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Decisions of the Conference of the Foreign Ministers of the Three Western Powers in Washington, DC (April 8, 1949)

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Allied Powers and Responsibilities: Text of Occupation Statute

In the exercise of the supreme authority which is retained by the Governments of France, the United States and the United Kingdom,

We, GENERAL PIERRE KOENIG, Military Governor and Commander-in-Chief of the French Zone of Germany,

GENERAL LUCIUS D. CLAY, Military Governor and Commander-in-Chief of the United States Zone of Germany, and

GENERAL SIR BRIAN HUBERT ROBERTSON, Military Governor and Commander-in-Chief of the British Zone of Germany,


1. During the period in which it is necessary that the occupation continue, the Governments of France, the United States and the United Kingdom desire and intend that the German people shall enjoy self-government to the maximum possible degree consistent with such occupation. The Federal State and the participating Länder shall have, subject only to the limitations in this Instrument, full legislative, executive and judicial powers in accordance with the Basic Law and with their respective constitutions.

2. In order to ensure the accomplishment of the basic purposes of the occupation, powers in the following fields are specifically reserved, including the right to request and verify information and statistics needed by the occupation authorities:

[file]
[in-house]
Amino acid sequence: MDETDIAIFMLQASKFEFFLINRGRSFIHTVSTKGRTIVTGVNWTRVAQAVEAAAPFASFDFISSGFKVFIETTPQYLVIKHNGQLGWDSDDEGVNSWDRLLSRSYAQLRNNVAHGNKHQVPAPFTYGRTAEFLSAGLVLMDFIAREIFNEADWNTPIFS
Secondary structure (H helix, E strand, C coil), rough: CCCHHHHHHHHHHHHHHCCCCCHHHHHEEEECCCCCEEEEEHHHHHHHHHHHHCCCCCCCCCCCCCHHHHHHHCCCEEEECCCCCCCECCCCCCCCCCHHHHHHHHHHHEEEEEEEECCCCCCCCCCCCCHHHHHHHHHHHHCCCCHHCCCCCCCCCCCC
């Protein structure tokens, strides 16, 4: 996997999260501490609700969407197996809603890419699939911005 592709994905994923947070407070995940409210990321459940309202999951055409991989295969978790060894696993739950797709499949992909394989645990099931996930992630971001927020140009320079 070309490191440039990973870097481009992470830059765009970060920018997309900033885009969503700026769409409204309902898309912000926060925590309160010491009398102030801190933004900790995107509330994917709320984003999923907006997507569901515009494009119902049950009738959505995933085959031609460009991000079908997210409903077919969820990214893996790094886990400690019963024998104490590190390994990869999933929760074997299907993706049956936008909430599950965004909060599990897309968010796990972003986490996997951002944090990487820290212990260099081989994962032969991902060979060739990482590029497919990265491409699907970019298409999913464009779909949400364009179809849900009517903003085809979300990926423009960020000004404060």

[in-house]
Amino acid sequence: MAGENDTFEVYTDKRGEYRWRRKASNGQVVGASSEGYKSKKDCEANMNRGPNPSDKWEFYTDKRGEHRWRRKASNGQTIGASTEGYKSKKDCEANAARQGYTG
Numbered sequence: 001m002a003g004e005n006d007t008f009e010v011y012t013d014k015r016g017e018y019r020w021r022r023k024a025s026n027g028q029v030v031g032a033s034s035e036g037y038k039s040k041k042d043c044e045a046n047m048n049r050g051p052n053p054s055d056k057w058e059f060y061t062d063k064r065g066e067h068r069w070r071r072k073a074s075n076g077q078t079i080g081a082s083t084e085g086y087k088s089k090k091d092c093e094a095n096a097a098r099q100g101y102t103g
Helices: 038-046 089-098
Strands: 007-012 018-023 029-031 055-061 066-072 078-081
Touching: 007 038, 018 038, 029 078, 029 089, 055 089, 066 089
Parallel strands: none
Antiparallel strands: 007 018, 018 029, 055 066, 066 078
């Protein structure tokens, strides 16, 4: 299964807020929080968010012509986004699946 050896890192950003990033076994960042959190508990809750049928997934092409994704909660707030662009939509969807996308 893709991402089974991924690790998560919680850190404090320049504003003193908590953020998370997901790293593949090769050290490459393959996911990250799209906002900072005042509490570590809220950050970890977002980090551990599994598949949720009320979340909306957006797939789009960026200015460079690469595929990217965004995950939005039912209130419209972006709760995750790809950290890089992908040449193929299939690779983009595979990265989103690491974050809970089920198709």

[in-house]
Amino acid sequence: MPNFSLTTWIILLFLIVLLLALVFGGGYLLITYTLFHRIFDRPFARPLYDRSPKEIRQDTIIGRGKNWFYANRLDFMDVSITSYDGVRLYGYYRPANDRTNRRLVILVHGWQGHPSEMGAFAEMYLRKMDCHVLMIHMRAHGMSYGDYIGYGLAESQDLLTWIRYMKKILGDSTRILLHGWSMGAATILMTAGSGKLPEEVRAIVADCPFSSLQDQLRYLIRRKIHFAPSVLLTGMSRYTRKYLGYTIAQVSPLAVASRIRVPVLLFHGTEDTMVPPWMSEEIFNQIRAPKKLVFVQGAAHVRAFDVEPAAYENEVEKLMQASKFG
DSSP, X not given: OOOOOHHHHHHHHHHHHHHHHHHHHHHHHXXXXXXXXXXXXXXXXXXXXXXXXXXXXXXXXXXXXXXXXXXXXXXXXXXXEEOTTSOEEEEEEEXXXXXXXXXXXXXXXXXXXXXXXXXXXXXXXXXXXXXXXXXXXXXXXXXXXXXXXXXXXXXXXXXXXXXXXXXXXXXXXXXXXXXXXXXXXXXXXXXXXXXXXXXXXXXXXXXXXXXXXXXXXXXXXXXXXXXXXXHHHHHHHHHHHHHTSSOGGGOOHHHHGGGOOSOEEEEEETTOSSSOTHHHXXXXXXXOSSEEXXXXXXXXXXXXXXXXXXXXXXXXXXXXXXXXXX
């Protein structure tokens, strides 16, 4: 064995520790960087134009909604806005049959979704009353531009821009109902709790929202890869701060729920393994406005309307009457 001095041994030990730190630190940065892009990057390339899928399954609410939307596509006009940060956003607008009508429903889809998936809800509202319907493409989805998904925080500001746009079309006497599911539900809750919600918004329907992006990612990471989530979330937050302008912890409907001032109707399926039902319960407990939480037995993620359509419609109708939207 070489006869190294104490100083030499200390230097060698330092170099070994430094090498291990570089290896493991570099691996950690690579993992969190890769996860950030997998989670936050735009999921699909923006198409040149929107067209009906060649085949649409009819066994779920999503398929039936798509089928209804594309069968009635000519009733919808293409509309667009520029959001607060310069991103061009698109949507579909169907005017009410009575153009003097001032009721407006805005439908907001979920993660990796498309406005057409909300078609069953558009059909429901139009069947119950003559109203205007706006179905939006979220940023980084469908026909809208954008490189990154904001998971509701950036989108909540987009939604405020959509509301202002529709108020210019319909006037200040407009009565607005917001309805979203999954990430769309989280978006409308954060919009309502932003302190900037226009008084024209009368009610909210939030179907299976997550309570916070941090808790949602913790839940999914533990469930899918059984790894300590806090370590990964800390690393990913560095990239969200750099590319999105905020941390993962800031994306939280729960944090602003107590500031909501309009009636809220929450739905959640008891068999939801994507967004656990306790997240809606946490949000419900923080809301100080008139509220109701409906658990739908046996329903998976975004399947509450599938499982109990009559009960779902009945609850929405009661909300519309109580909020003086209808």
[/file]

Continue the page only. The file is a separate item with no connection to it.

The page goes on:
(a) disarmament and demilitarization, including related fields of scientific research, prohibitions and restrictions on industry and civil aviation;
(b) controls in regard to the Ruhr, restitution, reparations, decartelization, deconcentration, nondiscrimination in trade matters, foreign interests in Germany and claims against Germany;
(c) foreign affairs, including international agreements made by or on behalf of Germany;
(d) displaced persons and the admission of refugees;
(e) protection, prestige, and security of Allied forces, dependents, employees, and representatives, their immunities and satisfaction of occupation costs and their other requirements;
(f) respect for the Basic Law and the Land constitutions;
(g) control over foreign trade and exchange;
(h) control over internal action, only to the minimum extent necessary to ensure use of funds, food and other supplies in such manner as to reduce to a minimum the need for external assistance to Germany;
(i) control of the care and treatment in German prisons of persons charged before or sentenced by the courts or tribunals of the occupying powers or occupation authorities; over the carrying out of sentences imposed on them; and over questions of amnesty, pardon or release in relation to them.

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